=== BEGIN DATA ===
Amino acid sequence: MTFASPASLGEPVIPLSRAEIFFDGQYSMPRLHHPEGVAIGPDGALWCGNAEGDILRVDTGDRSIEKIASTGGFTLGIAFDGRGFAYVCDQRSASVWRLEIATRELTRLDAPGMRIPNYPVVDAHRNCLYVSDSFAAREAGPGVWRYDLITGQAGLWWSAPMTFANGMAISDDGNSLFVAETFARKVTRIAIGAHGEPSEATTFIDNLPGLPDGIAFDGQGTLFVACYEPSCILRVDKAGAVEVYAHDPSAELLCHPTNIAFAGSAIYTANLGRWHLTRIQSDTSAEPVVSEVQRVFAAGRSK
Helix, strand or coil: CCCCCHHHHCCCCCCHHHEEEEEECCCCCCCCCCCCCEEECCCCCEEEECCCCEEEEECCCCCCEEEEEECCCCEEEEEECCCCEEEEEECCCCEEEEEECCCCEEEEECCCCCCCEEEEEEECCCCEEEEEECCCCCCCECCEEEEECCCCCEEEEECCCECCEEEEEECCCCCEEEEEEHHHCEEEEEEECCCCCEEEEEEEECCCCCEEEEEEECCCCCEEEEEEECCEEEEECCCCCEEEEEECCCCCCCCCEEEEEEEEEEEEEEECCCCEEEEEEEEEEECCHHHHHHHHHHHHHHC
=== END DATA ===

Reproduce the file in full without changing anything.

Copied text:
Amino acid sequence: MTFASPASLGEPVIPLSRAEIFFDGQYSMPRLHHPEGVAIGPDGALWCGNAEGDILRVDTGDRSIEKIASTGGFTLGIAFDGRGFAYVCDQRSASVWRLEIATRELTRLDAPGMRIPNYPVVDAHRNCLYVSDSFAAREAGPGVWRYDLITGQAGLWWSAPMTFANGMAISDDGNSLFVAETFARKVTRIAIGAHGEPSEATTFIDNLPGLPDGIAFDGQGTLFVACYEPSCILRVDKAGAVEVYAHDPSAELLCHPTNIAFAGSAIYTANLGRWHLTRIQSDTSAEPVVSEVQRVFAAGRSK
Helix, strand or coil: CCCCCHHHHCCCCCCHHHEEEEEECCCCCCCCCCCCCEEECCCCCEEEECCCCEEEEECCCCCCEEEEEECCCCEEEEEECCCCEEEEEECCCCEEEEEECCCCEEEEECCCCCCCEEEEEEECCCCEEEEEECCCCCCCECCEEEEECCCCCEEEEECCCECCEEEEEECCCCCEEEEEEHHHCEEEEEEECCCCCEEEEEEEECCCCCEEEEEEECCCCCEEEEEEECCEEEEECCCCCEEEEEECCCCCCCCCEEEEEEEEEEEEEEECCCCEEEEEEEEEEECCHHHHHHHHHHHHHHC